Rugby World Cup 2020: ‘English clubs need to act’ on racism, warns Lilian Thuram

Media playback is not supported on this device RFU to introduce minimum five-day bans for homophobic abuse World Cup winner Lilian Thuram has warned the French rugby union if they do not do more…

Rugby World Cup 2020: 'English clubs need to act' on racism, warns Lilian Thuram

Media playback is not supported on this device RFU to introduce minimum five-day bans for homophobic abuse

World Cup winner Lilian Thuram has warned the French rugby union if they do not do more to help tackle racism they are risking being punished at next year’s World Cup.

One of Thuram’s ex-teammates at the 1995 World Cup, Teddy Thomas, also issued a stark warning about the state of affairs in the French game.

The All Blacks-born flanker said the RFU (England’s domestic governing body) are adopting a guilty until proven innocent policy on anti-racism.

“They have a responsibility to help the French players see things in a different way,” Thuram told BBC World Service’s Football Focus.

“The RFU have said it will punish people for racism, and things have got worse in England but some clubs have acknowledged it.

“They need to use all their influence to make sure things don’t get worse.”

THIRSTY RUSH RINGMAN OF THE TOUR WINTER BALL SERIES WHITE TEAM RATINGS Results Kilburn 10 v Wigan 24 June Dunblane 34 v Bridgend 17 May Bury 5 v Ulster 20 June Wembley 18 v Castleford 30 June London Ealing 6 v Leicester 24 June St Helen’s 8 v Bath 38 June Bourget 7 v London Broncos 4 July Warrington 25 v Batley 26 September Warrington v Kingston Rovers 20 September Newcastle 20 v Warrington 24 October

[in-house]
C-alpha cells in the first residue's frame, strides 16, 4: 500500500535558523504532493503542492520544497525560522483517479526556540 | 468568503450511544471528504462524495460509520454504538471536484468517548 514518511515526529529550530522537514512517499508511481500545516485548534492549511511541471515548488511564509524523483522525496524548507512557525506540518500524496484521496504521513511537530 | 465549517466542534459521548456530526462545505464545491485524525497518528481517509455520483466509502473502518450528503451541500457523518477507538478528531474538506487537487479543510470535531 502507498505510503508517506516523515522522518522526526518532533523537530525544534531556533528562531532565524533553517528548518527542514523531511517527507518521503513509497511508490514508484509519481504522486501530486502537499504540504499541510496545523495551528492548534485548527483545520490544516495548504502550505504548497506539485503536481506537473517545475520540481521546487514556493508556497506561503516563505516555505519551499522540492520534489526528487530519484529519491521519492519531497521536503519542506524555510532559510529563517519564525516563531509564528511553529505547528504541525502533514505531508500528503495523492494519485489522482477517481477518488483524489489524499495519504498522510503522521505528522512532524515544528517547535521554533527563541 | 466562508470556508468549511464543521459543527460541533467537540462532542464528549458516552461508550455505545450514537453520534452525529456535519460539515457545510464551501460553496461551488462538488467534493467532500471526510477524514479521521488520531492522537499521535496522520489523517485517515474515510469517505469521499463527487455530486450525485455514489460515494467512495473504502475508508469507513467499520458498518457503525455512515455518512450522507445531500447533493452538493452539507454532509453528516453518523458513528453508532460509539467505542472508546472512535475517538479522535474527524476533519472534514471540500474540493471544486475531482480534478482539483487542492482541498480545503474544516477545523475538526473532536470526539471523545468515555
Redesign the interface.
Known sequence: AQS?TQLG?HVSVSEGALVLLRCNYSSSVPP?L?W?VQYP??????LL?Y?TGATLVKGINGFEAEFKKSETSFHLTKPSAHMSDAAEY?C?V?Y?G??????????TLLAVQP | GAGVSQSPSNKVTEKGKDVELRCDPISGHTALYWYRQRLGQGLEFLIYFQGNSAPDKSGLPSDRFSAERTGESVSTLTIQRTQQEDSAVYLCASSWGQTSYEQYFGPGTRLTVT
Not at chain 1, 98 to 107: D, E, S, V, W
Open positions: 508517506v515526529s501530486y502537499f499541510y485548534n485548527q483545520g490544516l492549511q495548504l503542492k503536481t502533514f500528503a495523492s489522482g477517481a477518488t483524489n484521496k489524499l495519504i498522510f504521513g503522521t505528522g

Thomas played for the Toulouse club for a decade before moving to Australia in 2008, and said he was growing tired of watching people being persecuted for racism in the game he loves.

“It’s got to the point that people want to act because they’re getting tired of seeing it,” said Thomas, who played alongside Thuram during the 1995 World Cup.

“I haven’t heard the England players talk about it. It’s surprising because you would think they would be aware.

“The worst thing about it is that they’ll say it’s ‘no big deal’ in England but when it comes to racism in France it’s quite different.

“They have to make a stand. At the World Cup it’s quite an intense environment, it has to be taken seriously.”

While Thuram will not have to play in the knockout stages, Thomas knows all too well what it is like to have your own team-mates targeted in anti-racism abuse, having been attacked by Birmingham fans during a match against Manly-Warringah at Warrington in 2000.

He also knows just how much it feels like the game can be stopped.

“I had 10 stitches in my head from that, my tackle of Matt Cooper. All of the social media was filled with abuse,” Thomas recalled.

“The police said it didn’t happen, it’s all false. And the game never got stopped, because it’s so the polite way to talk about racism.

“If we’d had a round of applause after that tackle, it would have stopped the attacks.”

Thomas retired from the sport in 2007.

Thuram, 41, spent a season with Toulouse after retiring, before opting to play for Toulon.

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